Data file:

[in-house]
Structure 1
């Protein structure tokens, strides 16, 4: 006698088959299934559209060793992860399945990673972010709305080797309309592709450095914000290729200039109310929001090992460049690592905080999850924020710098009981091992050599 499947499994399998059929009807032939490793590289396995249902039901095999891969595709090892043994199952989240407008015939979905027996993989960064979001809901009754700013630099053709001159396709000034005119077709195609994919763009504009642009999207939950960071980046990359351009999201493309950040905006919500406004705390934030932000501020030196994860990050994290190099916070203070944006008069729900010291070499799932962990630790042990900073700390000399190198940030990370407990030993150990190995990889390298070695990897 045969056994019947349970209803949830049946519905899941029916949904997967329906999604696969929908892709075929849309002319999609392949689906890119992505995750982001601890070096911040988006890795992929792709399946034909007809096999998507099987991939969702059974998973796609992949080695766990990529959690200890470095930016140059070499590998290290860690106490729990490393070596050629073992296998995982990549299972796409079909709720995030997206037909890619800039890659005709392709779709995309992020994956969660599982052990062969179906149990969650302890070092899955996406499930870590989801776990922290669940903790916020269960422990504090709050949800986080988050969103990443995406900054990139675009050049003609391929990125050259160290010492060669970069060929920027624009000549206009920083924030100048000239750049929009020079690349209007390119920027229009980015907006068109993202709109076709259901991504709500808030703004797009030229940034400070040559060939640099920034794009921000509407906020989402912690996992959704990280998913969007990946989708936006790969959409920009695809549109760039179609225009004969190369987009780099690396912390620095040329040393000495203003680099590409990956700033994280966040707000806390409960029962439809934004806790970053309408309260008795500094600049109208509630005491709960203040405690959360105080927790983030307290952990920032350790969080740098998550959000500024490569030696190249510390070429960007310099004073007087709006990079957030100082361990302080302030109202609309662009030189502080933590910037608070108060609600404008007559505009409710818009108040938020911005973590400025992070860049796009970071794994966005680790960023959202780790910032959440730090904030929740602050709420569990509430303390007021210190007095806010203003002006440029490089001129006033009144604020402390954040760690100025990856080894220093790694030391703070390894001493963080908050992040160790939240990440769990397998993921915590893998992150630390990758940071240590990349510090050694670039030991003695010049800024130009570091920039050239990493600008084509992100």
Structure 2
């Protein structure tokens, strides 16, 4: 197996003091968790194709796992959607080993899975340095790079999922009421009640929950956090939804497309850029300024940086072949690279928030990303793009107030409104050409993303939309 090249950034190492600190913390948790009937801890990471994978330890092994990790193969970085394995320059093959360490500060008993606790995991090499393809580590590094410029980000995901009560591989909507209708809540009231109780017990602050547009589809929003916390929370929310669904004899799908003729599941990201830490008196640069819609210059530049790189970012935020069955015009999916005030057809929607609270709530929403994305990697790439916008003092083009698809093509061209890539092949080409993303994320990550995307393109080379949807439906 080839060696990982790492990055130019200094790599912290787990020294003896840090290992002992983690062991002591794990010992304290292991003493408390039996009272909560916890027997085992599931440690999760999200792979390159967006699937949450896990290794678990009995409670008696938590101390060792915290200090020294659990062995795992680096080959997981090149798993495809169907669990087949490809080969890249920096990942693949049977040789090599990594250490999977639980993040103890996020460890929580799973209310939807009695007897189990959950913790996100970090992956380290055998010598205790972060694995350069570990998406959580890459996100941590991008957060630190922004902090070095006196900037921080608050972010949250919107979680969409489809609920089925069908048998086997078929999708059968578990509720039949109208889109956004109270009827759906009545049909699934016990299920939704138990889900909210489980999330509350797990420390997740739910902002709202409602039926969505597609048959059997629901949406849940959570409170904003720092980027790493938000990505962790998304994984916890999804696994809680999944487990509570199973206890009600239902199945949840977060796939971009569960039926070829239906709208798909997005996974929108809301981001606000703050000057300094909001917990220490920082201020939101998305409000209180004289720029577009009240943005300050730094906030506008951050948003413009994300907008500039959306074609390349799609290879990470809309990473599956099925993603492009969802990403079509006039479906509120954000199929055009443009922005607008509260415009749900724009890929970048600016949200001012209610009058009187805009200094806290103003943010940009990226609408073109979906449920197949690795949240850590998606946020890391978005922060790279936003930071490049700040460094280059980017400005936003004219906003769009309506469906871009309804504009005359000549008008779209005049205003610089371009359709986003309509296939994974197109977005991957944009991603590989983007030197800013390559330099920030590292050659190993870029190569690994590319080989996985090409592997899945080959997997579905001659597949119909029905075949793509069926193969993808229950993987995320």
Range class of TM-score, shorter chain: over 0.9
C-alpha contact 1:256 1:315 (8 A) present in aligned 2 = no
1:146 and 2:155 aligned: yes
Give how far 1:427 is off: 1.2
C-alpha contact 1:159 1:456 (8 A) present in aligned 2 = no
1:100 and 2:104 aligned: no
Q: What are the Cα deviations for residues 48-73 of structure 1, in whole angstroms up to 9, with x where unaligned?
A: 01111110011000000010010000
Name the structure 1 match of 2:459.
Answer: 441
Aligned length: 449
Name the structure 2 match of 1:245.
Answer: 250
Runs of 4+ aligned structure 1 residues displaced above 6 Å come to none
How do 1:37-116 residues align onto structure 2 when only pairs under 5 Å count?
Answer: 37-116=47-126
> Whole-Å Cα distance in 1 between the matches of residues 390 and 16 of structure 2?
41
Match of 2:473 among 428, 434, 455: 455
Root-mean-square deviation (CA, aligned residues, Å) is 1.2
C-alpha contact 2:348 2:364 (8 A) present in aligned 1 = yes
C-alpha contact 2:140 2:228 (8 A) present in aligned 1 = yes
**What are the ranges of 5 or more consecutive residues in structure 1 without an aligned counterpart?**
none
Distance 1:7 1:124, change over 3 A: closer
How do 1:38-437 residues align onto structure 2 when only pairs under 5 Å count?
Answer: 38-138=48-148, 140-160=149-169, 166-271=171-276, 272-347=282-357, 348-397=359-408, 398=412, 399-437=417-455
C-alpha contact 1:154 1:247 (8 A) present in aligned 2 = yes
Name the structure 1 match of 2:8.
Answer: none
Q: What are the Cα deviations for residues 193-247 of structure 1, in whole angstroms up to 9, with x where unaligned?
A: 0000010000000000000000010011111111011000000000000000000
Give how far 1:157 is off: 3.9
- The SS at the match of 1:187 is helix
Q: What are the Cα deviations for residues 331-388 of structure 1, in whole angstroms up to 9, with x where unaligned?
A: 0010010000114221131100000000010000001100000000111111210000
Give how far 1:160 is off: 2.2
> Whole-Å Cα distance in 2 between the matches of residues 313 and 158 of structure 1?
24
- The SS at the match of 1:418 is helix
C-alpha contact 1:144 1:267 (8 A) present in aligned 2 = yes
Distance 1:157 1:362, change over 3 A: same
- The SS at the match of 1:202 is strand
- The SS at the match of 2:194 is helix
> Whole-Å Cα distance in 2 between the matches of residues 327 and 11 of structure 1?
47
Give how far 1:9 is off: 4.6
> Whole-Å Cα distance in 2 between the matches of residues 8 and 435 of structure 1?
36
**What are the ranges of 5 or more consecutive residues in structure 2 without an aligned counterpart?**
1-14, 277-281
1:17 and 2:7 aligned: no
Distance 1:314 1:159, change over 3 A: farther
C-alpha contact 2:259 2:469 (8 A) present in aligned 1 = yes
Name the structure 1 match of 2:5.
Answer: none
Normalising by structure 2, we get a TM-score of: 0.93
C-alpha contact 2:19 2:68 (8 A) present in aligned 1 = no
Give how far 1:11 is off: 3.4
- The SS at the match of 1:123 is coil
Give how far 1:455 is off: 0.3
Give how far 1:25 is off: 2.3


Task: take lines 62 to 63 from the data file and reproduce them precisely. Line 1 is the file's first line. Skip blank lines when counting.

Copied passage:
Normalising by structure 2, we get a TM-score of: 0.93
C-alpha contact 2:19 2:68 (8 A) present in aligned 1 = no